So the preferred method is to grip the slide, rip it to the rear and let it go. This action does not use fine motor skills. Rather, it relies on the gross motor skills used when your body is in that flight or fight mode.
Yes, that is a long explanation of why having extra grip on your slide in a situation like this is pretty awesome. The ArachniGrip would also seem to be a great help for sweaty or dirty hands with little to no fine motor skills attempting to rack a slide after a magazine change.
ArachniGrip Installation –
I received two sets of ArachniGrips for my Glock 27 for testing. I received a set of all black, and a set of black with a red ArachniGrip logo.
Each package came with two grips and an alcohol cleaning cloth that is supposed to be used to clean the surface before installation. The package provides really good instructions, but there are also descriptive videos you can find online on how to install the ArachniGrip. It took me about 5-10 minutes total to install the grips.
The process is very simple and involves cleaning the slide, positioning the grip, smoothing it out, heating it with a blow dryer and then pressing it some more.
One thing I was worried about when I first looked at the product, was that it may be too aggressive and ‘grippy’.
I didn't want something snagging my clothes, or holster or rubbing my skin raw. The cool thing about the ArachniGrip though, is that the grip actually sits inside the serrations on the slide, so it really is not exposed. It is only really felt when your fingers are pressed into the serrations.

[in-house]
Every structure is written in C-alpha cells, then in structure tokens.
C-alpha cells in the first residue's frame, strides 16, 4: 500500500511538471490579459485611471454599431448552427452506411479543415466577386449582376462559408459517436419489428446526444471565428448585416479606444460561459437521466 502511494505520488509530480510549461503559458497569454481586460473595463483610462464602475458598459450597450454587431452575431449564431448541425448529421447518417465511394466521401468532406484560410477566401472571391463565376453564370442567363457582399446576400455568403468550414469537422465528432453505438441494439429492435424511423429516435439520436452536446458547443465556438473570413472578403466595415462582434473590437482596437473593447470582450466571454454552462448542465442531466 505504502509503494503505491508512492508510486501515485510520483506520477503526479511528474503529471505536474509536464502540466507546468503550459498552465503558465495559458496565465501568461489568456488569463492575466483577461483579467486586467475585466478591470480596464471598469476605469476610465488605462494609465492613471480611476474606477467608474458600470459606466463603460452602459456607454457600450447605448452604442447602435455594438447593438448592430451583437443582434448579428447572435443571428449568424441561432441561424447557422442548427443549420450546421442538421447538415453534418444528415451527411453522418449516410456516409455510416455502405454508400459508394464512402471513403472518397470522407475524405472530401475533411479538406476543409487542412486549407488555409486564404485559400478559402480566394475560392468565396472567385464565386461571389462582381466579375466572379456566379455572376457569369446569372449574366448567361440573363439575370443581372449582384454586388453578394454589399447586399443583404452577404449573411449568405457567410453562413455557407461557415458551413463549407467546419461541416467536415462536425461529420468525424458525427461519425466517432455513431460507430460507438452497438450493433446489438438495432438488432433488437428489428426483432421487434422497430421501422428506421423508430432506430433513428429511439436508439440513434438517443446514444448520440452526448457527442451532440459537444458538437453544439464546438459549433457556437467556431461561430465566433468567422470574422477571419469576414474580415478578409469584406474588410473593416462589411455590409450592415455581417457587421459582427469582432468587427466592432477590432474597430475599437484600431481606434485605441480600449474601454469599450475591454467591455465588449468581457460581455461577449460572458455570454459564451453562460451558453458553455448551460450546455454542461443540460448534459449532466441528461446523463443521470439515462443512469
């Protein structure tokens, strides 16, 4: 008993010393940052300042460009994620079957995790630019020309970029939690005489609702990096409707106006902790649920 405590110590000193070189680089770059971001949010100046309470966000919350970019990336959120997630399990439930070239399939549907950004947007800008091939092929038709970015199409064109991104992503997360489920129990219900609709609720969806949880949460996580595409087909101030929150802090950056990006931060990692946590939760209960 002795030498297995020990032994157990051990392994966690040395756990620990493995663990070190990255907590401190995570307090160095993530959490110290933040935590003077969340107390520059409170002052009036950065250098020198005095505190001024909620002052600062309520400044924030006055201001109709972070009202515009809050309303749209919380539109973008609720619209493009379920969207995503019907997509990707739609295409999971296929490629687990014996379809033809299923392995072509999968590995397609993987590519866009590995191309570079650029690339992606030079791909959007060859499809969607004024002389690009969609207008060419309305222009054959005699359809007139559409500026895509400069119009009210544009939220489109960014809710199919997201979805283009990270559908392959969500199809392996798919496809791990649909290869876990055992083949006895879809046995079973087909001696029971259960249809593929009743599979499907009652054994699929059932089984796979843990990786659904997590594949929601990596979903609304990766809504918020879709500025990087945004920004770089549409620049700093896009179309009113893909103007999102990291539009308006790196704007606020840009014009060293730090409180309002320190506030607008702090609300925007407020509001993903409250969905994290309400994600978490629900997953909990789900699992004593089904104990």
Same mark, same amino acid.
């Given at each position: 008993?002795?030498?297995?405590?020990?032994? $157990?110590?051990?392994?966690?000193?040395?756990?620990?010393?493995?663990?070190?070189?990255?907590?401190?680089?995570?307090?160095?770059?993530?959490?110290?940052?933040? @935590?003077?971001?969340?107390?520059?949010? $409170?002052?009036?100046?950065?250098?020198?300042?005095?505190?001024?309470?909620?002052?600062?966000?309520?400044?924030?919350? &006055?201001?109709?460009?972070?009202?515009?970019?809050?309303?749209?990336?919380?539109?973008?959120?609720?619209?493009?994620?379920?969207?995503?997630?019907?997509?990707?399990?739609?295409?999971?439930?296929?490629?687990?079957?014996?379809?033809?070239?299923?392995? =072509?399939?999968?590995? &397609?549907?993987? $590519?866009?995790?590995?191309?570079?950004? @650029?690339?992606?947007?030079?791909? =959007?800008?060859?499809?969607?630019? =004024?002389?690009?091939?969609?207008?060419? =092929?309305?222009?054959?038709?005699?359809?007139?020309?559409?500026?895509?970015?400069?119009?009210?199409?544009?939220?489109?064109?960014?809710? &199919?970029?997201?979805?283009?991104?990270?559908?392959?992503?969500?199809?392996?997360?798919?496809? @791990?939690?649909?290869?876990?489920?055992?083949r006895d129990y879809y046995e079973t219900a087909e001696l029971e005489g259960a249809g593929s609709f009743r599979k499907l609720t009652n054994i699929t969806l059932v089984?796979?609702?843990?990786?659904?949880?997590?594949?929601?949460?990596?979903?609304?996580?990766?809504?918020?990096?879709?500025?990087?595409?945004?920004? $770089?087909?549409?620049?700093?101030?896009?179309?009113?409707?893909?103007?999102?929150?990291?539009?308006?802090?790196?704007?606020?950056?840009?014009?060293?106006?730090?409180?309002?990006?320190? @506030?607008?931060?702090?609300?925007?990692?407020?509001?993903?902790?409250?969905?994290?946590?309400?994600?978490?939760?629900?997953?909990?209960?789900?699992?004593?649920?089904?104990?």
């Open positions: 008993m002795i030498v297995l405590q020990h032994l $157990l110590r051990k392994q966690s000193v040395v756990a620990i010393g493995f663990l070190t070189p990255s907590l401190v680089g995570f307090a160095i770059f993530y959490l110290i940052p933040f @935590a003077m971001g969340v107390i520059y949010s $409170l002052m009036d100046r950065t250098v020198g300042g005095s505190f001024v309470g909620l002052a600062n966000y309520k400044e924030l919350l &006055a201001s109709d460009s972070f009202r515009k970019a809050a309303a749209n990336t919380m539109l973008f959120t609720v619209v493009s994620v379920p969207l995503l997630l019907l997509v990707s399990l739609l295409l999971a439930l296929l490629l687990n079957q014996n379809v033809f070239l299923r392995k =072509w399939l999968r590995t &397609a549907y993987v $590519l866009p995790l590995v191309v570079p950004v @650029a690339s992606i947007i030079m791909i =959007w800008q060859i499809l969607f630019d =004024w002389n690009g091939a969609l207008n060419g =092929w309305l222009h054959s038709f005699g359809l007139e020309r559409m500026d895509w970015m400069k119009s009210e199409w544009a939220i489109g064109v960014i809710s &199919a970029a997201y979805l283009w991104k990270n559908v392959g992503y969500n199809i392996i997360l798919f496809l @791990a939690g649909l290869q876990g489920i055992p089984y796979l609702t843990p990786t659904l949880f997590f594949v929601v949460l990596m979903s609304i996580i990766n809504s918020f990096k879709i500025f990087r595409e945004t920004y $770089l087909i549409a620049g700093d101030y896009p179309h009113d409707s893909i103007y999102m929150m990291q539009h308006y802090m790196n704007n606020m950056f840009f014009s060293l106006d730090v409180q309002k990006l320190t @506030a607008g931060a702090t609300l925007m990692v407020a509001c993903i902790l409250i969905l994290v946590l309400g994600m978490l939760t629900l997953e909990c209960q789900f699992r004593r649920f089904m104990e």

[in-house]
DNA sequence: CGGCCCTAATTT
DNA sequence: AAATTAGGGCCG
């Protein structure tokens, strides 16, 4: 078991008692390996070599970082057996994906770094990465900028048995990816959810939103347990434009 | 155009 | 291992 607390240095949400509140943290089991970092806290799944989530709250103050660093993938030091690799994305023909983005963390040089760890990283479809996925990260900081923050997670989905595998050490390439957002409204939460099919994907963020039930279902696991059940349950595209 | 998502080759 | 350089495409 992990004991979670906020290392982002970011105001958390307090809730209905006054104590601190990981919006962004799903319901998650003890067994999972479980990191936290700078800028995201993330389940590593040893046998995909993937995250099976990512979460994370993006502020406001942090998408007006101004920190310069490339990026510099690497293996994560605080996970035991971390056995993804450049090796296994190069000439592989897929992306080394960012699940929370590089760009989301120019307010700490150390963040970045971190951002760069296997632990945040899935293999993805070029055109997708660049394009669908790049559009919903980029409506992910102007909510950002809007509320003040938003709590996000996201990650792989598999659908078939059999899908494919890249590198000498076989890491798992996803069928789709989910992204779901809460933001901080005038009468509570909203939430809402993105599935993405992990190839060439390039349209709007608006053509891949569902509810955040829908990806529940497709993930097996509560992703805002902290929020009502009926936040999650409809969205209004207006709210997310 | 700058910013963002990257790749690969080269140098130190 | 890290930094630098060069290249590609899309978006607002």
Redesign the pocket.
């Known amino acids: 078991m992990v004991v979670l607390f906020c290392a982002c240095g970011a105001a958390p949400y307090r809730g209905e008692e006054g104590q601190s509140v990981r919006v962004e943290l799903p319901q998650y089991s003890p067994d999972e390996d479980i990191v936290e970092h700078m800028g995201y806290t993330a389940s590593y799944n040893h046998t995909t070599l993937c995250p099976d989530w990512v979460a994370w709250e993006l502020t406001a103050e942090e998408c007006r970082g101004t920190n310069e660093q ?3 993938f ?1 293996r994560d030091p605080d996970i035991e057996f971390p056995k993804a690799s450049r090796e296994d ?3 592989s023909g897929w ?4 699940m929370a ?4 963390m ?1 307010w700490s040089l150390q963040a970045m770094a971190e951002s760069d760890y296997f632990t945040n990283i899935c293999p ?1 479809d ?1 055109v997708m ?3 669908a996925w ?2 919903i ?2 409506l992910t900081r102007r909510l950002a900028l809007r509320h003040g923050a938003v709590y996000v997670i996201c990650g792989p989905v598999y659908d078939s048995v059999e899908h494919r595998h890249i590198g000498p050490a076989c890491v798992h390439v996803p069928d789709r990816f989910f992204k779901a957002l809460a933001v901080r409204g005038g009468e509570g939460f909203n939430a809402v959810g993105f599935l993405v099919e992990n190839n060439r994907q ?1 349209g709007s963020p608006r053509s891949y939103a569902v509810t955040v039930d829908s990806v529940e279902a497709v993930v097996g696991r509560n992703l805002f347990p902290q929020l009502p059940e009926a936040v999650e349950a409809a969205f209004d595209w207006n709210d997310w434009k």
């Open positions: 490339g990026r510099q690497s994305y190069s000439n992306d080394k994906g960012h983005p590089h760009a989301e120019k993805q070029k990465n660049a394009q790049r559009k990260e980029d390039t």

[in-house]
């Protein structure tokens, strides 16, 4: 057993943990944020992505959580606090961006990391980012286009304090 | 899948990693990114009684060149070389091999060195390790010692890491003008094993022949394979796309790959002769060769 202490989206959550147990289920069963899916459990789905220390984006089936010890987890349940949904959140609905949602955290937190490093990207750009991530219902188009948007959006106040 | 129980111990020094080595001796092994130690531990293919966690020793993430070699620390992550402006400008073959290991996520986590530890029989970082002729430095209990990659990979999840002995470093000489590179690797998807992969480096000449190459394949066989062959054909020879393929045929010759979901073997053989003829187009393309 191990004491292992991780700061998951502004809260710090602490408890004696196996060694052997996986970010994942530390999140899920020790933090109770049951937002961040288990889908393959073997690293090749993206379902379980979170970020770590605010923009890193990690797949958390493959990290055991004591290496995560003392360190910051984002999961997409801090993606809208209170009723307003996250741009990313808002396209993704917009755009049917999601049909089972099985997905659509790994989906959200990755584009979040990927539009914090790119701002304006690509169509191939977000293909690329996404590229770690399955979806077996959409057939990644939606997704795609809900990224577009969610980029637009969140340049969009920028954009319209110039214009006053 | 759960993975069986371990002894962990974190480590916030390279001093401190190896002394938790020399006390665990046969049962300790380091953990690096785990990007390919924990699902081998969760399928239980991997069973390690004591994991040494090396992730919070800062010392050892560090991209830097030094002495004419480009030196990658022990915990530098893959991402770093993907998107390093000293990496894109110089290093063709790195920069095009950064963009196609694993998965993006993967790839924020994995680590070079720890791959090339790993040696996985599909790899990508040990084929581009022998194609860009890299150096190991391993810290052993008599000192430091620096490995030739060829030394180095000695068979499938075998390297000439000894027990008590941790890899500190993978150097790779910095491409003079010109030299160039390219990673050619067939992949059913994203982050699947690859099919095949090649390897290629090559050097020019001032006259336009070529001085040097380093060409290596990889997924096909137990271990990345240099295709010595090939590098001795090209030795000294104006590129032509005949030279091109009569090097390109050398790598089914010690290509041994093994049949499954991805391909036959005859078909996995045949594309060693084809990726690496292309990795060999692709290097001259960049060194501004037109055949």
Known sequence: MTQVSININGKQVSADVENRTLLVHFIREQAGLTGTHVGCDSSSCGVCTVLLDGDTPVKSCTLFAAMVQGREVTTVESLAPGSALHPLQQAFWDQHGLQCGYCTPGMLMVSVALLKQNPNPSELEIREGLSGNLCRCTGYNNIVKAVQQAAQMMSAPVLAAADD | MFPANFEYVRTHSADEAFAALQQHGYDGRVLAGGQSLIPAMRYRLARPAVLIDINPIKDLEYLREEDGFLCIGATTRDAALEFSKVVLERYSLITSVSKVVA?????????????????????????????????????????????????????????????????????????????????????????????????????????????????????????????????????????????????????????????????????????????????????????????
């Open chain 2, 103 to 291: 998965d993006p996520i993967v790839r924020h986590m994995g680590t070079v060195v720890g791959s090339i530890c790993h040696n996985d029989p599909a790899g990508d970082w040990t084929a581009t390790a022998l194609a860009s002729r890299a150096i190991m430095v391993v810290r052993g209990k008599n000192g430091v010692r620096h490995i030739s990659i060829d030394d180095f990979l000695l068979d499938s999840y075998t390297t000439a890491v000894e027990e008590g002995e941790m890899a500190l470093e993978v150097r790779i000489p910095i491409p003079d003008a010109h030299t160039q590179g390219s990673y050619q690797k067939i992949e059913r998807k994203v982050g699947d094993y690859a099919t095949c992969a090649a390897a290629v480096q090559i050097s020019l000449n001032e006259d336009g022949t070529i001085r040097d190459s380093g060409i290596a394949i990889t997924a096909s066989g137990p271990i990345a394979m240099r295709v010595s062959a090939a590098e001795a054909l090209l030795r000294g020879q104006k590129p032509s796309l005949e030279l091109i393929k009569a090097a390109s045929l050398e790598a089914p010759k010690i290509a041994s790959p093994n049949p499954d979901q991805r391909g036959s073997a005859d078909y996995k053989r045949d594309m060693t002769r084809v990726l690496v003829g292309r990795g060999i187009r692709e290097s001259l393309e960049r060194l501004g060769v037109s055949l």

So I had no issues of comfort or snagging because of the ArachniGrip. I imagine there will be some wear on the inside of the holster where the holster is in constant contact with that area of the slide, but such is life.
Final Thoughts –
Durability wise, I have not had it long enough to tell you how long it will last, but the manufacturer says each grip will last over 1000 cycles. I imagine that will be quite a long time, and remember it comes with two grips.
ArachniGrip has options for most of the major manufacturers, and they say they can even do custom cuts if your firearm is not listed.
They also have several colors and designs available, including a ‘thin blue line’ logo which is much appreciated! I also got great customer service from ArachniGrip, which is a big consideration for me.
Overall, I really like the ArachniGrip and was pleasantly surprised that it really did help in racking the slide. Before you get rid of that firearm, because you can’t rack the slide, you should try this out.
At a price point of around the cost of a tank of gas, the item is something that wouldn’t break the bank even if you tried it and it didn't float your boat. I do however think that this could definitely be a help to the elderly or those with physical issues that make it difficult to rack the slide. My ArachniGrip Slide Spider is staying put on my every day carry Glock 27.
Any other spiders I see can stay away.
If you'd like to learn more about the Slide Spider, check them out, here.
*Editor's Note* This is an update to an old article originally published on May 2, 2016.